As temperatures are regularly hitting 28C to 30C these rudbeckias really shine out and match the sunny weather. I’ve not watered these, but any planted since Christmas would need a thorough soaking once a week.

To add to the sunshine look, I’m trialling the new Thompson and Morgan sunflower Sunbelieveable Brown Eyed Girl. These are making lovely short stocky plants suitable for containers. They arrive in the post well packaged and soon grow into 50cm plants.

I’m also growing various sunflowers from Mr Fothergill’s including Evening Sun which has a stunning range of colours. And bees absolutely adore them.

These last a week in a vase and make a lovely centrepiece of any cut flower posy. Calendulas are also doing well on my plot despite the heat and dreadful drought. I am only watering containers and succulent crops such as runner beans and courgettes. Everything else is relying on good winter mulching with home made compost and Plant grow fertiliser. We haven’t had any rain since May.

Regular readers know that I always cut my flowers for my MIL Joan and my Mum Marion. This summer has been a particularly difficult one, health wise, and sunshiny flowers have been much needed.

Calendula Snow White and subsequent seedlings are a firm favourite. I post photos of my posies on IAVOM which Cathy hosts on Mondays. Thanks for joining me on a ramble round my rather hot and parched garden. Let me know what you are growing in your garden the first week of August.

Thanks to Helen for hosting the End of Month View.

Summer fruit harvest and making garden jam

What a summer! My poor garden is burned to a crisp and everything’s wilting, including me. But the fruit garden is producing bumper crops. You’d think they would shrivel in 32C heat, but the black and red currants, gooseberries and blackberries are sweet and juicy.

Last night I wandered round the garden collecting a basket of fruit to make jam. I had planned to make strawberry jam from the pots of runners planted in April. But the tiny plants only yielded a handful of fruit. So delicious though. The plants only cost 60p each, mail order. I wrote about planting them Here. I’m hopeful of larger crops next summer.

The blackberries were the best I’ve ever seen though. A bumper crop and large fruit. Sometimes wild blackberries are so tiny they are hardly worth picking. But these soon filled a basket.

I threw the whole lot in a heavy based pan to make garden jam. Wow, what a scent. If it’s possible to capture sunshine and summer in a jar, this is the way to do it.

Garden Jam

To make 2 jars I used 500g fruit, 500g sugar 75ml water, juice of 1 lemon.

Method:

Place a saucer in the freezer for testing the setting point later.

Put fruit, water and lemon juice in a heavy based pan. Cook the fruit gently until soft.

Add sugar and simmer carefully until all the sugar crystals are absorbed.

Increase the heat to a rolling boil. After 10- 15 minutes, put a teaspoon of jam on the plate and gently push. If it wrinkles, it has reached setting point. If not, cook for another 5 minutes, taking care not to burn the jam.

Stand for 15 minutes

Pot into sterilised and warmed jars.

Fresh scones :

3oz butter

1lb plain flour

Pinch salt

1oz caster sugar

1.5 tsp. baking power

2 eggs and 6floz milk beaten together.

Add all the dry ingredients and rub together. Add liquids and mix carefully. Don’t over handle the mixture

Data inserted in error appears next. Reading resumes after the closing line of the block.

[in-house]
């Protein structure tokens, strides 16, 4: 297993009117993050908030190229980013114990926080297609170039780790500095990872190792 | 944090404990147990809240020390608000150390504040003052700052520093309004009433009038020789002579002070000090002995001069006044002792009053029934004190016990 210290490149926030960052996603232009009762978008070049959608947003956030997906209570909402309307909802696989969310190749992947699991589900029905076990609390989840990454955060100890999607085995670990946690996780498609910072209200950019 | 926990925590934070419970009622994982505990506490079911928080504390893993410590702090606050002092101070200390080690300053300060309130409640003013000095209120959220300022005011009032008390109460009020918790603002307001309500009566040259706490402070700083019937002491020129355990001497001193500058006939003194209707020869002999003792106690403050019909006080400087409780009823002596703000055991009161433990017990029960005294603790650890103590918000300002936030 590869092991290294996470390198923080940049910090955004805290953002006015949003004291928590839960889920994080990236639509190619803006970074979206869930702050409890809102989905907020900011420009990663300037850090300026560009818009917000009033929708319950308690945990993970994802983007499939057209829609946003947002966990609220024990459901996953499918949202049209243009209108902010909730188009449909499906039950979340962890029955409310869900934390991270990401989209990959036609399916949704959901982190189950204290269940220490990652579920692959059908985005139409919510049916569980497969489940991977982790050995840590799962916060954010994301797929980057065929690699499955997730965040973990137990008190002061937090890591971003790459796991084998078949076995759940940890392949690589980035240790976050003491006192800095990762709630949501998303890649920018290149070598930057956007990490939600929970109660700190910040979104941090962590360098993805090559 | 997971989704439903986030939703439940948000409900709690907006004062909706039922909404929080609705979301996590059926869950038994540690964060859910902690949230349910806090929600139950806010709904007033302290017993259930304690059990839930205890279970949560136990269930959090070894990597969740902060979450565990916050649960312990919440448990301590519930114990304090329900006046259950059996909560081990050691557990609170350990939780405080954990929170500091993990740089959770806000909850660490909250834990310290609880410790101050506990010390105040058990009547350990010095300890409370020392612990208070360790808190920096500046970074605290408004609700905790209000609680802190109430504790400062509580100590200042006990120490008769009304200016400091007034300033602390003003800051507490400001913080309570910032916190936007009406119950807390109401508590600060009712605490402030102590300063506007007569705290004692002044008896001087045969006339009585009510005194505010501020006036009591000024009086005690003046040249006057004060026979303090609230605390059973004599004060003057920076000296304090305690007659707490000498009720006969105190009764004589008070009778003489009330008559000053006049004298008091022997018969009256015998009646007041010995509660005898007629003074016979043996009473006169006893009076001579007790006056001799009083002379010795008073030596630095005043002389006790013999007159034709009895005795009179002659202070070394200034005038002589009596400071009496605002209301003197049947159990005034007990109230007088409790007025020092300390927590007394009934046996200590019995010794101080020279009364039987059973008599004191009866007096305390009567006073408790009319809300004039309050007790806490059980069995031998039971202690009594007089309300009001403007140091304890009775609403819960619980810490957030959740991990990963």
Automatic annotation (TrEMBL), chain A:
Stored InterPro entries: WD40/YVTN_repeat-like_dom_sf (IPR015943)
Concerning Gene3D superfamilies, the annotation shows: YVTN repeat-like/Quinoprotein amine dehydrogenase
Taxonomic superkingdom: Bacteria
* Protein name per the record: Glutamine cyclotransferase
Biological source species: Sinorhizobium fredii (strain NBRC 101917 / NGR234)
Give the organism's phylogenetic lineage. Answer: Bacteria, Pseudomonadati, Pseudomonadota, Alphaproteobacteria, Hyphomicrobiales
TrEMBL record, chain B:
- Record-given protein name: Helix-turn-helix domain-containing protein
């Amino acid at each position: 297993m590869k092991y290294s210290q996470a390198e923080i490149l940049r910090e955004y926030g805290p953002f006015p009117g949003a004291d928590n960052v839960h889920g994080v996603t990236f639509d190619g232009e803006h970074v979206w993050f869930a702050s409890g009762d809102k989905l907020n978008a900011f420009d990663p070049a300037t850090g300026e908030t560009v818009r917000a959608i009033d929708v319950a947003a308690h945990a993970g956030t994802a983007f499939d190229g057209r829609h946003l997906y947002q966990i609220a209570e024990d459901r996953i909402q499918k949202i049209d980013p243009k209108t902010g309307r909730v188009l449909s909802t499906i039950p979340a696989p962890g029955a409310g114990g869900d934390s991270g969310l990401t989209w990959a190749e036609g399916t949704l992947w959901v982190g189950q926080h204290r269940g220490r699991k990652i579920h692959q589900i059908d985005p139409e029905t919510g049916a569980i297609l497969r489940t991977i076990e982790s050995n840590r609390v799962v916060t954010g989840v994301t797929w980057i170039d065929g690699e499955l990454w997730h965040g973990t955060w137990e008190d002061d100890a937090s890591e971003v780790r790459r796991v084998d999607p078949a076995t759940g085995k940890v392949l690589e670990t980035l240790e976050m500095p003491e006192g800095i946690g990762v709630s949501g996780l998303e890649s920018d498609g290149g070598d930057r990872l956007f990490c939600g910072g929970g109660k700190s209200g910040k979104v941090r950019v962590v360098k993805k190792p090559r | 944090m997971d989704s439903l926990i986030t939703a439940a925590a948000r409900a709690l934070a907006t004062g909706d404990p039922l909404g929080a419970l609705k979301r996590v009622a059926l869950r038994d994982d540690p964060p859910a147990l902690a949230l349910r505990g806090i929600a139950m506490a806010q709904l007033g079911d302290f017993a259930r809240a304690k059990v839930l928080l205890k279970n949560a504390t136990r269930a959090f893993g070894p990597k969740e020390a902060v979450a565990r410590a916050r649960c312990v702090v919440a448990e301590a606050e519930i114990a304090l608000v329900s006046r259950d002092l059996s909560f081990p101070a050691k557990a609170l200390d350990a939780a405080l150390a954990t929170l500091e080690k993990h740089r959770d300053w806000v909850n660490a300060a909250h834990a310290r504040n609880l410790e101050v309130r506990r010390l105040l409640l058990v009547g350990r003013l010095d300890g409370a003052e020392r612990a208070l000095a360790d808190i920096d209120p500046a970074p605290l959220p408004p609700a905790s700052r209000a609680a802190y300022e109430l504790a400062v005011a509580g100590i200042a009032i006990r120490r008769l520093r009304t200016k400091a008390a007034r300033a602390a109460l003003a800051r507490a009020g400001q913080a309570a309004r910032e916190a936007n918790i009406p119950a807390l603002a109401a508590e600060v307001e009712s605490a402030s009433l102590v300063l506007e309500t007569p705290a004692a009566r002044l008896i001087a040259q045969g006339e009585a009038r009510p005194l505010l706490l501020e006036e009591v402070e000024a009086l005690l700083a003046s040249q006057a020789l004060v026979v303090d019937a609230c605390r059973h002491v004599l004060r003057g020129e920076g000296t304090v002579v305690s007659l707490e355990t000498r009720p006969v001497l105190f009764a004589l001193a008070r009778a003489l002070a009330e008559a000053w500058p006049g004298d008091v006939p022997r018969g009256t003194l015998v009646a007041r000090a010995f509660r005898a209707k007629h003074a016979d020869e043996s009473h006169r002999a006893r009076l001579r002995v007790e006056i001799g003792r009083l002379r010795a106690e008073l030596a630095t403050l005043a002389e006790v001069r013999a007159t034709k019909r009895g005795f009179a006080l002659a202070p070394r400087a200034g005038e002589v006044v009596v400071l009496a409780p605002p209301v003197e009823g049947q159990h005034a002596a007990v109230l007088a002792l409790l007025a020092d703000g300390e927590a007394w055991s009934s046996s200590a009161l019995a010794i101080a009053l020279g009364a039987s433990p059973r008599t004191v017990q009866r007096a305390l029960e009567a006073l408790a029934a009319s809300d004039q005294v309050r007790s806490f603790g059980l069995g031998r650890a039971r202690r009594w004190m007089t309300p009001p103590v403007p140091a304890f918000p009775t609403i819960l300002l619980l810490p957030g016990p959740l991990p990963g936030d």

Roll out thickly and cut into circles. Brush top with a little of the reserved egg/ milk mixture.

Bake for 10 mins until golden, oven temp. 230C, gas mark 8

Eat whilst still warm – or as soon as possible. Can be frozen as soon as cooled, to keep fresh.

I often ask twitter friends for recipes and gardening advice. Here’s a reply that came from Bob Flowerdew. I’m looking forward to trying his recipe.

And this came from June Girvin, which is similar to the recipe I ended up with. It’s absolutely delicious.

After all that foraging and cooking, we sat in the 1930s summerhouse, turned to face the cool woodland and pond and feasted on the jewels of the garden.

Surrounding us, there’s sounds of harvesting and baling. There’s a scent of new hay and oats on the breeze, and we watch entranced as barn owls swoop across the empty fields, like ghosts. They don’t notice us sitting quietly amongst the trees.

Here’s this week’s Garden Hour on BBC Radio Leicester where I chat away about what’s happening in my garden. Put your feet up and have a listen in sometime. The programme starts at 2.10.27 on the timeline. And the music’s not bad this week too.

http://www.bbc.co.uk/programmes/p06cd1bd

I am @kgimson on twitter and karengimson1 on instagram. Please share this on any social media platform you like, and don’t forget to leave a comment below. Thank you.

In a Vase on Monday

My cut flower patch is in full swing. Luckily, flowers sown last summer and planted out in autumn are weathering the heatwave. Here’s a selection for this week’s vase. As always, my posies are for my mother in law Joan and my Mum, Marion.

Sweet peas High Scent are top favourites this year. I love the creamy buds that open to pale lilac. There’s a pretty violet picotee edge to the flowers. And the scent really is amazing. Only a few are needed in a jam jar posy to make an impact.

Seeds were sown last October in root trainers and kept all winter in straight-sided clear plastic storage boxes to outwit mice. It worked. And in April the well-rooted plants were set out along a wonky network of hazel twigs.

I pick flowers at dawn and drop them straight into buckets of cold fresh tap water. To travel, I pop ice cubes in the buckets to keep them cool.